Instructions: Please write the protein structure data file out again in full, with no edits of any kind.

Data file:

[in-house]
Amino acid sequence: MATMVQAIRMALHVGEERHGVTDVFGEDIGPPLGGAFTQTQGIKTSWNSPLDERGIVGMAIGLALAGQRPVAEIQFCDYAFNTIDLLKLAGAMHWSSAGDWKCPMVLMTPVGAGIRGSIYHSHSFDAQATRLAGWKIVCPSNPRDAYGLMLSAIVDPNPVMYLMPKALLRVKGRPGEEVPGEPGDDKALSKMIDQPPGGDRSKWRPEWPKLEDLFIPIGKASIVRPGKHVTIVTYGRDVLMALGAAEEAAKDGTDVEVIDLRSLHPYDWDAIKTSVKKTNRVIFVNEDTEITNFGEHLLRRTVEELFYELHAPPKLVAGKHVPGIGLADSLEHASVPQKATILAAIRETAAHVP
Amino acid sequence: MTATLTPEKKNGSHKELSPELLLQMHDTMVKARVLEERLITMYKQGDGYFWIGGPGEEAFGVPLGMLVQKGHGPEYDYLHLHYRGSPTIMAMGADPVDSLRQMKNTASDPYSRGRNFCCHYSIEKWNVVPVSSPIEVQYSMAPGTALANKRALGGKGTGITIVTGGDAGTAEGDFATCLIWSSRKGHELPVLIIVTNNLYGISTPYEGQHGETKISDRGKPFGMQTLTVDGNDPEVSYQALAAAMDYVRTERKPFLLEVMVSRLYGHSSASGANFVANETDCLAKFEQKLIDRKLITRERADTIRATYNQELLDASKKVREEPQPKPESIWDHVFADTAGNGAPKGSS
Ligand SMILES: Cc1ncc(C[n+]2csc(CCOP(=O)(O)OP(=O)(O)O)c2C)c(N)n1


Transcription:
[in-house]
Amino acid sequence: MATMVQAIRMALHVGEERHGVTDVFGEDIGPPLGGAFTQTQGIKTSWNSPLDERGIVGMAIGLALAGQRPVAEIQFCDYAFNTIDLLKLAGAMHWSSAGDWKCPMVLMTPVGAGIRGSIYHSHSFDAQATRLAGWKIVCPSNPRDAYGLMLSAIVDPNPVMYLMPKALLRVKGRPGEEVPGEPGDDKALSKMIDQPPGGDRSKWRPEWPKLEDLFIPIGKASIVRPGKHVTIVTYGRDVLMALGAAEEAAKDGTDVEVIDLRSLHPYDWDAIKTSVKKTNRVIFVNEDTEITNFGEHLLRRTVEELFYELHAPPKLVAGKHVPGIGLADSLEHASVPQKATILAAIRETAAHVP
Amino acid sequence: MTATLTPEKKNGSHKELSPELLLQMHDTMVKARVLEERLITMYKQGDGYFWIGGPGEEAFGVPLGMLVQKGHGPEYDYLHLHYRGSPTIMAMGADPVDSLRQMKNTASDPYSRGRNFCCHYSIEKWNVVPVSSPIEVQYSMAPGTALANKRALGGKGTGITIVTGGDAGTAEGDFATCLIWSSRKGHELPVLIIVTNNLYGISTPYEGQHGETKISDRGKPFGMQTLTVDGNDPEVSYQALAAAMDYVRTERKPFLLEVMVSRLYGHSSASGANFVANETDCLAKFEQKLIDRKLITRERADTIRATYNQELLDASKKVREEPQPKPESIWDHVFADTAGNGAPKGSS
Ligand SMILES: Cc1ncc(C[n+]2csc(CCOP(=O)(O)OP(=O)(O)O)c2C)c(N)n1